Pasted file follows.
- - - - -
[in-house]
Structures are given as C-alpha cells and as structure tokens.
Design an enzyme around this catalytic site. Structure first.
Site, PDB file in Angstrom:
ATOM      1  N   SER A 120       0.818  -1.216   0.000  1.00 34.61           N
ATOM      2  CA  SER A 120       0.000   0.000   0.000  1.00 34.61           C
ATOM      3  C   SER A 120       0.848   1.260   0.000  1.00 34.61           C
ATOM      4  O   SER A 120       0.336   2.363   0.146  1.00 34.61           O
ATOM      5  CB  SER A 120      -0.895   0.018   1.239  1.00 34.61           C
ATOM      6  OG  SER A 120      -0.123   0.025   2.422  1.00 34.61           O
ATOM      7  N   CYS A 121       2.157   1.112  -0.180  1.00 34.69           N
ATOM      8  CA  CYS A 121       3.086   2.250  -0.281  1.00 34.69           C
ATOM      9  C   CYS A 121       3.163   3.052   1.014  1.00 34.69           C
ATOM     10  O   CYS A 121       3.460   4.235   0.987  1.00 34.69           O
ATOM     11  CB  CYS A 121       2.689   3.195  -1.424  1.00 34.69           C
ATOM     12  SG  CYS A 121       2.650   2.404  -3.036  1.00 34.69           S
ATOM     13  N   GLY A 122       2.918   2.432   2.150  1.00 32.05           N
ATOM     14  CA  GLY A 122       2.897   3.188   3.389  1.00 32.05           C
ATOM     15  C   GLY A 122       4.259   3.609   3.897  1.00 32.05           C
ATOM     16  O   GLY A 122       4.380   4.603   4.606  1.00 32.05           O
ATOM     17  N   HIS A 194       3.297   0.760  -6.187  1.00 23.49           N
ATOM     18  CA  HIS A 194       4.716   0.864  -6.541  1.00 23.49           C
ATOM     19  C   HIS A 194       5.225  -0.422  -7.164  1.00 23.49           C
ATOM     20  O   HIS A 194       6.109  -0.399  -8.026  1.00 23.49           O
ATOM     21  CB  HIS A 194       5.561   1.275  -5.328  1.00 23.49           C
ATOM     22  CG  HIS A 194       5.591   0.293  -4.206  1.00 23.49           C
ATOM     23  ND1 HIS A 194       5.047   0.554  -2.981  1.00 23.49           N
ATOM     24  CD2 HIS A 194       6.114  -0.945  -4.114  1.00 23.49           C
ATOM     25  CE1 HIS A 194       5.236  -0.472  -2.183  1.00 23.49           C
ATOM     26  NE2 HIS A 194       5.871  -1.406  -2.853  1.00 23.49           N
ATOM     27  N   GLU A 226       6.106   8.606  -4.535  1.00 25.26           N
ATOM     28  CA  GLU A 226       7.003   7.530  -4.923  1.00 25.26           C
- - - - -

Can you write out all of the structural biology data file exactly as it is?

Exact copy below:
[in-house]
Structures are given as C-alpha cells and as structure tokens.
Design an enzyme around this catalytic site. Structure first.
Site, PDB file in Angstrom:
ATOM      1  N   SER A 120       0.818  -1.216   0.000  1.00 34.61           N
ATOM      2  CA  SER A 120       0.000   0.000   0.000  1.00 34.61           C
ATOM      3  C   SER A 120       0.848   1.260   0.000  1.00 34.61           C
ATOM      4  O   SER A 120       0.336   2.363   0.146  1.00 34.61           O
ATOM      5  CB  SER A 120      -0.895   0.018   1.239  1.00 34.61           C
ATOM      6  OG  SER A 120      -0.123   0.025   2.422  1.00 34.61           O
ATOM      7  N   CYS A 121       2.157   1.112  -0.180  1.00 34.69           N
ATOM      8  CA  CYS A 121       3.086   2.250  -0.281  1.00 34.69           C
ATOM      9  C   CYS A 121       3.163   3.052   1.014  1.00 34.69           C
ATOM     10  O   CYS A 121       3.460   4.235   0.987  1.00 34.69           O
ATOM     11  CB  CYS A 121       2.689   3.195  -1.424  1.00 34.69           C
ATOM     12  SG  CYS A 121       2.650   2.404  -3.036  1.00 34.69           S
ATOM     13  N   GLY A 122       2.918   2.432   2.150  1.00 32.05           N
ATOM     14  CA  GLY A 122       2.897   3.188   3.389  1.00 32.05           C
ATOM     15  C   GLY A 122       4.259   3.609   3.897  1.00 32.05           C
ATOM     16  O   GLY A 122       4.380   4.603   4.606  1.00 32.05           O
ATOM     17  N   HIS A 194       3.297   0.760  -6.187  1.00 23.49           N
ATOM     18  CA  HIS A 194       4.716   0.864  -6.541  1.00 23.49           C
ATOM     19  C   HIS A 194       5.225  -0.422  -7.164  1.00 23.49           C
ATOM     20  O   HIS A 194       6.109  -0.399  -8.026  1.00 23.49           O
ATOM     21  CB  HIS A 194       5.561   1.275  -5.328  1.00 23.49           C
ATOM     22  CG  HIS A 194       5.591   0.293  -4.206  1.00 23.49           C
ATOM     23  ND1 HIS A 194       5.047   0.554  -2.981  1.00 23.49           N
ATOM     24  CD2 HIS A 194       6.114  -0.945  -4.114  1.00 23.49           C
ATOM     25  CE1 HIS A 194       5.236  -0.472  -2.183  1.00 23.49           C
ATOM     26  NE2 HIS A 194       5.871  -1.406  -2.853  1.00 23.49           N
ATOM     27  N   GLU A 226       6.106   8.606  -4.535  1.00 25.26           N
ATOM     28  CA  GLU A 226       7.003   7.530  -4.923  1.00 25.26           C